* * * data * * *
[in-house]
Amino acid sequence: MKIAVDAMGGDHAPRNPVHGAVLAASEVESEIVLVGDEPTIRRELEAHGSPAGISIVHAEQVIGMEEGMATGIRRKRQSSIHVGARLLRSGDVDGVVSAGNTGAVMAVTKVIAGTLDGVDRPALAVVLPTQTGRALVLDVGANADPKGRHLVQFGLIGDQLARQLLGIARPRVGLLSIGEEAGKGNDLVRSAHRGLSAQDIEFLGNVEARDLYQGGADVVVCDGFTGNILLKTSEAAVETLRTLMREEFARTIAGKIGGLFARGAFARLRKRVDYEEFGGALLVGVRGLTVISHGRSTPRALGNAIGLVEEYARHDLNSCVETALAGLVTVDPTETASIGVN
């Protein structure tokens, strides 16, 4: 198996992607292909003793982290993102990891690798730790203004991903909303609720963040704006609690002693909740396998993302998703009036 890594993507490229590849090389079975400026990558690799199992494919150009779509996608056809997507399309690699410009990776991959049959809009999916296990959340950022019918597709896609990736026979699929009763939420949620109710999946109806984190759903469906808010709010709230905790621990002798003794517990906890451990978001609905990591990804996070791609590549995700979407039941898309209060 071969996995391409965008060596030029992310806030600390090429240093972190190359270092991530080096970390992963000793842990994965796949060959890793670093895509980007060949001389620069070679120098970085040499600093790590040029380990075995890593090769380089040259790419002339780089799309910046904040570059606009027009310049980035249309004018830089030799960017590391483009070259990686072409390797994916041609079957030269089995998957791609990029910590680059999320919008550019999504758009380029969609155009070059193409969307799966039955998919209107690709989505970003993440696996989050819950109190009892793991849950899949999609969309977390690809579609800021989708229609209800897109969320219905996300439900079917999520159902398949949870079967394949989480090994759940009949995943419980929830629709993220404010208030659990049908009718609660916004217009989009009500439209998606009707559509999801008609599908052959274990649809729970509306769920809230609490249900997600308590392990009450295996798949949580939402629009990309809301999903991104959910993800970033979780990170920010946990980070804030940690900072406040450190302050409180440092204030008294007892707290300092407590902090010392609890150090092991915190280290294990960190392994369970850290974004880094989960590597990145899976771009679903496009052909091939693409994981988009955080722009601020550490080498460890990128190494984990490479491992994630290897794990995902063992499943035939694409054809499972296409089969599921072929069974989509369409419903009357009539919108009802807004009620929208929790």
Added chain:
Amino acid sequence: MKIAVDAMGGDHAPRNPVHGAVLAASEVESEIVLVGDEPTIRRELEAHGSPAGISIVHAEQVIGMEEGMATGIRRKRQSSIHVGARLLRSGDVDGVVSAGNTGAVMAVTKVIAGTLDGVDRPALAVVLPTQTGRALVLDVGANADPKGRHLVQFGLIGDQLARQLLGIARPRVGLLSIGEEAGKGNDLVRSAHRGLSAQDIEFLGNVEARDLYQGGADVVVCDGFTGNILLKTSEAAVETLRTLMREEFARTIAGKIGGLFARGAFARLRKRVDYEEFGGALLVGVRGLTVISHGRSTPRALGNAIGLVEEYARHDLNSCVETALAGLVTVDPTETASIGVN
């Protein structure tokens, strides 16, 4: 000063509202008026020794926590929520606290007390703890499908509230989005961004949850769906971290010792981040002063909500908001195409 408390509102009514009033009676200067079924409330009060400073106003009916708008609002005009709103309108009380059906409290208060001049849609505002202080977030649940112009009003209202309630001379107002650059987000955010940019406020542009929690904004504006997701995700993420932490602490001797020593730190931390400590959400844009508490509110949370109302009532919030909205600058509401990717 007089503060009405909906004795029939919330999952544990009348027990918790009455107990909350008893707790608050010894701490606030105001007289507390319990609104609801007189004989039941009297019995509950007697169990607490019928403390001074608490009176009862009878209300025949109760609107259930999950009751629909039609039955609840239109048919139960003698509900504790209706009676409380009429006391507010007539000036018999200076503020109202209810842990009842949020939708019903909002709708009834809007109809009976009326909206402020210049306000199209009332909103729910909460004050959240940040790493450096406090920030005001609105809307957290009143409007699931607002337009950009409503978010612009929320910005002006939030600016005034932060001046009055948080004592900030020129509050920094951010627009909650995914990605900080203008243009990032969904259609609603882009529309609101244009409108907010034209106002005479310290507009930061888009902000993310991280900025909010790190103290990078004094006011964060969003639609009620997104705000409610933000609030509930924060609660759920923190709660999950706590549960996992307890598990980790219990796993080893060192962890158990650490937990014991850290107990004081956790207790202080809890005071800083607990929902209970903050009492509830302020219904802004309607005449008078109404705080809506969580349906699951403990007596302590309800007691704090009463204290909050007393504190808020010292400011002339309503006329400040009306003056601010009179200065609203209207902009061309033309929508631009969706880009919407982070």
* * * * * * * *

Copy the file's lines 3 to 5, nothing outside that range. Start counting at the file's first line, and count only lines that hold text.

């Protein structure tokens, strides 16, 4: 198996992607292909003793982290993102990891690798730790203004991903909303609720963040704006609690002693909740396998993302998703009036 890594993507490229590849090389079975400026990558690799199992494919150009779509996608056809997507399309690699410009990776991959049959809009999916296990959340950022019918597709896609990736026979699929009763939420949620109710999946109806984190759903469906808010709010709230905790621990002798003794517990906890451990978001609905990591990804996070791609590549995700979407039941898309209060 071969996995391409965008060596030029992310806030600390090429240093972190190359270092991530080096970390992963000793842990994965796949060959890793670093895509980007060949001389620069070679120098970085040499600093790590040029380990075995890593090769380089040259790419002339780089799309910046904040570059606009027009310049980035249309004018830089030799960017590391483009070259990686072409390797994916041609079957030269089995998957791609990029910590680059999320919008550019999504758009380029969609155009070059193409969307799966039955998919209107690709989505970003993440696996989050819950109190009892793991849950899949999609969309977390690809579609800021989708229609209800897109969320219905996300439900079917999520159902398949949870079967394949989480090994759940009949995943419980929830629709993220404010208030659990049908009718609660916004217009989009009500439209998606009707559509999801008609599908052959274990649809729970509306769920809230609490249900997600308590392990009450295996798949949580939402629009990309809301999903991104959910993800970033979780990170920010946990980070804030940690900072406040450190302050409180440092204030008294007892707290300092407590902090010392609890150090092991915190280290294990960190392994369970850290974004880094989960590597990145899976771009679903496009052909091939693409994981988009955080722009601020550490080498460890990128190494984990490479491992994630290897794990995902063992499943035939694409054809499972296409089969599921072929069974989509369409419903009357009539919108009802807004009620929208929790």
Added chain:
Amino acid sequence: MKIAVDAMGGDHAPRNPVHGAVLAASEVESEIVLVGDEPTIRRELEAHGSPAGISIVHAEQVIGMEEGMATGIRRKRQSSIHVGARLLRSGDVDGVVSAGNTGAVMAVTKVIAGTLDGVDRPALAVVLPTQTGRALVLDVGANADPKGRHLVQFGLIGDQLARQLLGIARPRVGLLSIGEEAGKGNDLVRSAHRGLSAQDIEFLGNVEARDLYQGGADVVVCDGFTGNILLKTSEAAVETLRTLMREEFARTIAGKIGGLFARGAFARLRKRVDYEEFGGALLVGVRGLTVISHGRSTPRALGNAIGLVEEYARHDLNSCVETALAGLVTVDPTETASIGVN